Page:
Promoting the preservation of animal and plant species should be a bipartisan issue important to all of us. Since its enactment in 1973, the Endangered Species Act been so successful that 99 percent of the species placed under its protection have been saved from extinction.

The National Center for Policy Analysis disputes what Buchanan states. NCPA reports:

The ESA’s punitive nature also helps explain the Act’s sorry record conserving species.  Proponents of the ESA cite species that have recovered due to the Act.  Yet, almost invariably these claims are untrue or exaggerated.  For example, the U.S. Fish and Wildlife Service officially claims 46 delisted species — 19 due to recovery, 17 due to data error, 9 due to extinction and one due to partial recovery/data error.  In reality, the delistings were due to the following:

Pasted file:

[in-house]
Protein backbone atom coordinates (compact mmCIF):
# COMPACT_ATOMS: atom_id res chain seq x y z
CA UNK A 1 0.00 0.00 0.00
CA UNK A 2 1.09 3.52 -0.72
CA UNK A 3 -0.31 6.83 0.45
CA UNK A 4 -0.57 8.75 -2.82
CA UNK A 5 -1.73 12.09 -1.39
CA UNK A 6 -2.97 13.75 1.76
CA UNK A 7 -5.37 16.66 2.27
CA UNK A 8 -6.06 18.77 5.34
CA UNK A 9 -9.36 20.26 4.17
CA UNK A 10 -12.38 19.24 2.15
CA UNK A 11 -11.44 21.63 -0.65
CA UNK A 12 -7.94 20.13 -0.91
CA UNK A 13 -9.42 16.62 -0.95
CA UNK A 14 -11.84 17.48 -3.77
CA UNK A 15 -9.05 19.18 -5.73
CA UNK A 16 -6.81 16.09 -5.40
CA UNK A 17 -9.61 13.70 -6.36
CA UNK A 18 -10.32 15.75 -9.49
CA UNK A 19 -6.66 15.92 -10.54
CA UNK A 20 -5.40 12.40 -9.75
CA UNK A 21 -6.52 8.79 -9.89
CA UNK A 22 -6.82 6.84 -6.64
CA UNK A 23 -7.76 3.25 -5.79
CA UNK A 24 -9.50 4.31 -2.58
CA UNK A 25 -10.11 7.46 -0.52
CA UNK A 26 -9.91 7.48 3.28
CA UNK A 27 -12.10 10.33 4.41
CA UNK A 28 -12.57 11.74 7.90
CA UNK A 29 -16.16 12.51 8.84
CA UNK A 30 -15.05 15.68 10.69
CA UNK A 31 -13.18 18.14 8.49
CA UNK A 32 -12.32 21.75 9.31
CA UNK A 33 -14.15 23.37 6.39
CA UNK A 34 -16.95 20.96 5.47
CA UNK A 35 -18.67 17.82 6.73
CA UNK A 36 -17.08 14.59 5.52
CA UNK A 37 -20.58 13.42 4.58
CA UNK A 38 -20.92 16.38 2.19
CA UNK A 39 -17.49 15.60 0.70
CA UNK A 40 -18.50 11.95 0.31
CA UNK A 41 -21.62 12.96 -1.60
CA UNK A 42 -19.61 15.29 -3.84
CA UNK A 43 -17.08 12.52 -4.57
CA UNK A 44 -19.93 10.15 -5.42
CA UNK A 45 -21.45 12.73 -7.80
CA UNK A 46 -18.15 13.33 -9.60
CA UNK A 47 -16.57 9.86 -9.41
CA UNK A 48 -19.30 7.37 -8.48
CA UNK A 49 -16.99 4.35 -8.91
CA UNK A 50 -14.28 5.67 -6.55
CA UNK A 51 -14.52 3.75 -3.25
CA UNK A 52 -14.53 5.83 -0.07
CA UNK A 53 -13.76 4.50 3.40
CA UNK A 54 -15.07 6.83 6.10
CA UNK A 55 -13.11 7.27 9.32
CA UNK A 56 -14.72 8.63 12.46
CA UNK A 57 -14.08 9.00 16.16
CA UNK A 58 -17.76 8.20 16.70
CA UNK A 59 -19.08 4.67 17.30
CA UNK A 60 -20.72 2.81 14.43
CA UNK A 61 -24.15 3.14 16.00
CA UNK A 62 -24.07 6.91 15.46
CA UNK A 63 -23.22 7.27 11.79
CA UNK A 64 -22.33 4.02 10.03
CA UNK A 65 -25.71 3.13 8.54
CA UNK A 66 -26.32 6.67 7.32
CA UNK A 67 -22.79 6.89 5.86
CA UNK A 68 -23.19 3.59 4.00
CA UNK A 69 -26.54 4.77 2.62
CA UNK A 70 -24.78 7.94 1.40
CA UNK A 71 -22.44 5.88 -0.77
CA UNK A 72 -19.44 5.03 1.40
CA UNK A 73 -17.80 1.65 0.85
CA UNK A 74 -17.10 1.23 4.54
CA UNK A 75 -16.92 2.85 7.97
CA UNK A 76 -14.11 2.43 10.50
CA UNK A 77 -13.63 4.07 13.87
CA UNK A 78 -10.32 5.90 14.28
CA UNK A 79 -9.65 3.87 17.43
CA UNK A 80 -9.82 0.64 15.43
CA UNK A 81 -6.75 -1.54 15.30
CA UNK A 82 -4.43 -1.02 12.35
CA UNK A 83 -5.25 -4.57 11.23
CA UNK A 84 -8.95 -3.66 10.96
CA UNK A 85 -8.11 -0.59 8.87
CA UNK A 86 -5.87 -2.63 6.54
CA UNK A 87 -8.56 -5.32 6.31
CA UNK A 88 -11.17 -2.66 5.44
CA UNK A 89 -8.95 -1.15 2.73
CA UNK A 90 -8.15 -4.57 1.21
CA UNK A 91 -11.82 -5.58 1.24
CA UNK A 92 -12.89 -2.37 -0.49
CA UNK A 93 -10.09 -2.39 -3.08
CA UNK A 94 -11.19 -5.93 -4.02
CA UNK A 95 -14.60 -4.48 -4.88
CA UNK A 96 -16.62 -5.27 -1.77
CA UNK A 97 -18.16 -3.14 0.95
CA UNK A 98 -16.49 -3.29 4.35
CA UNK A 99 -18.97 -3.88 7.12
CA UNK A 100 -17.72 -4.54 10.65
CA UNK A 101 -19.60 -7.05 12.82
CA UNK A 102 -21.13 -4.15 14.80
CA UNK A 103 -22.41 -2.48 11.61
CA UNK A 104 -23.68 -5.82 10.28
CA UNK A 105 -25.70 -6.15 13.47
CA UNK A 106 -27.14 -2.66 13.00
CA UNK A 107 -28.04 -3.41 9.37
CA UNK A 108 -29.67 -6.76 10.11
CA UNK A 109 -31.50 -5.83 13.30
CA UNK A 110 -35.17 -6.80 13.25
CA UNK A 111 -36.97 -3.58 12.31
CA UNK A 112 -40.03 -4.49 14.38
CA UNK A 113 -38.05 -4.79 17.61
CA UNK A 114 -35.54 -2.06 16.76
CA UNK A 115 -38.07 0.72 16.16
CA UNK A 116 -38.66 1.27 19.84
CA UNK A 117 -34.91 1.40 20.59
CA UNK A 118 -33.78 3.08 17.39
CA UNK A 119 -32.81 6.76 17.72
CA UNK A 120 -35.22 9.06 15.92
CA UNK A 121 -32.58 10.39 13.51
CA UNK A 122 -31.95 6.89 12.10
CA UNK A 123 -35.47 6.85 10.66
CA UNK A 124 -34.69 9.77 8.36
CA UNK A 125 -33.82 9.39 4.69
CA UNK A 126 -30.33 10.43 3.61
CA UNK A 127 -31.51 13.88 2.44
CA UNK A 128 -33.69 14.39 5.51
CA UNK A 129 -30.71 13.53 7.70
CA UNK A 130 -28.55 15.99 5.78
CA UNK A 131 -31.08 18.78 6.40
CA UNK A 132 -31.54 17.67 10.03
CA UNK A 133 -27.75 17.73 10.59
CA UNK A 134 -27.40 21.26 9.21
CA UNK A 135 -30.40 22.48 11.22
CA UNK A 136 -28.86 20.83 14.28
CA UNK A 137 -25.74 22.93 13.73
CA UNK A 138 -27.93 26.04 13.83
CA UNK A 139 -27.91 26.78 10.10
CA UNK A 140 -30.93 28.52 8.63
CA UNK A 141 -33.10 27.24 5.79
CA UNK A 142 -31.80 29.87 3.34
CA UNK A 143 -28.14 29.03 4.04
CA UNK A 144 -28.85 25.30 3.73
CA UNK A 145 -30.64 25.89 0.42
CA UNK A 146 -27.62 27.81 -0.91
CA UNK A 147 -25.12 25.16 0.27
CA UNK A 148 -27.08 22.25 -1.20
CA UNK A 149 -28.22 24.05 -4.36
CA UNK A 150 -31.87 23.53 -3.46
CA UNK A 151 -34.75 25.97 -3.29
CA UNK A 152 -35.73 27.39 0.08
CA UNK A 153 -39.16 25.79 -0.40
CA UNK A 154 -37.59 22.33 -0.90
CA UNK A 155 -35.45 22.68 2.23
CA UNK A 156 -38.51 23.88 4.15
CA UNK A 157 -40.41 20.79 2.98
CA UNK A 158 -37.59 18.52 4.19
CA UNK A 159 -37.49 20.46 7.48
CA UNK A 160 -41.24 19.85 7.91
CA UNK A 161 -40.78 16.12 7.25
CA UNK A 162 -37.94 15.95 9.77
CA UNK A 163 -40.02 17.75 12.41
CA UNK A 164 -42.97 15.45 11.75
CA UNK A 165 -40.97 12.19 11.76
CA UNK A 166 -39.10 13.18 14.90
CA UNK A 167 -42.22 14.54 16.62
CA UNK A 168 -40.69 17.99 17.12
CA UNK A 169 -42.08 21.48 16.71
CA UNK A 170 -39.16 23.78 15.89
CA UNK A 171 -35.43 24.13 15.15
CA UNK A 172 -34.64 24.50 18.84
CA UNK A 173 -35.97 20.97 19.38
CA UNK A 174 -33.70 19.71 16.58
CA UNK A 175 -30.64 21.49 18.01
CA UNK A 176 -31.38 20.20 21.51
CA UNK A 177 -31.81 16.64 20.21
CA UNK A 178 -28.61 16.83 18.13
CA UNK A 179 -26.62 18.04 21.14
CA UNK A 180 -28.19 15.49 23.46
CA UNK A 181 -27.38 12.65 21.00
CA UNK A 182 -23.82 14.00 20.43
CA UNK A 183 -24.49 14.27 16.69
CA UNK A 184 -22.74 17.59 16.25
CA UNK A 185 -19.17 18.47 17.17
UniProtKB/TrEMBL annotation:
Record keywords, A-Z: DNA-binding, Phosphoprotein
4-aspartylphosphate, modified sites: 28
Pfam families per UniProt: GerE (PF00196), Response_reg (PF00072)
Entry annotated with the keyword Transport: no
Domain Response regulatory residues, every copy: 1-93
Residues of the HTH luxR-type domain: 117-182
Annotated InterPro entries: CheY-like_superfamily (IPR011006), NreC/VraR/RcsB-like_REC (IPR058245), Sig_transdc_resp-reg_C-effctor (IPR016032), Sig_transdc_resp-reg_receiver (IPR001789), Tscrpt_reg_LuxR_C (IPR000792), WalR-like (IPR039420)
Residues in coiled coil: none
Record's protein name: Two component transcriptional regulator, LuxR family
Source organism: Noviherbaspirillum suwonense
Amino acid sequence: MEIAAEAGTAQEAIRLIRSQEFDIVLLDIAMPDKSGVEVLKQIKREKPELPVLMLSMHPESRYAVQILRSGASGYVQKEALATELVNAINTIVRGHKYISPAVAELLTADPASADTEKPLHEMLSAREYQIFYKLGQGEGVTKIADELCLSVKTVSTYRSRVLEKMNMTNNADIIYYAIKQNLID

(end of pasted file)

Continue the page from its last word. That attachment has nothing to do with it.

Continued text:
• Twenty-seven species have been removed due to data error — including the American alligator, which was delisted soon after its initial listing because it was found to be abundant, clearly indicating it was never endangered and was improperly surveyed.
  • Nine species were determined to be extinct.
  • Five species were delisted due primarily to factors unrelated to the ESA, including the ban on the pesticide DDT.
  • Five species were delisted for a variety of other reasons including: private conservation; state, not federal, conservation efforts; and recovery despite harm done by the ESA.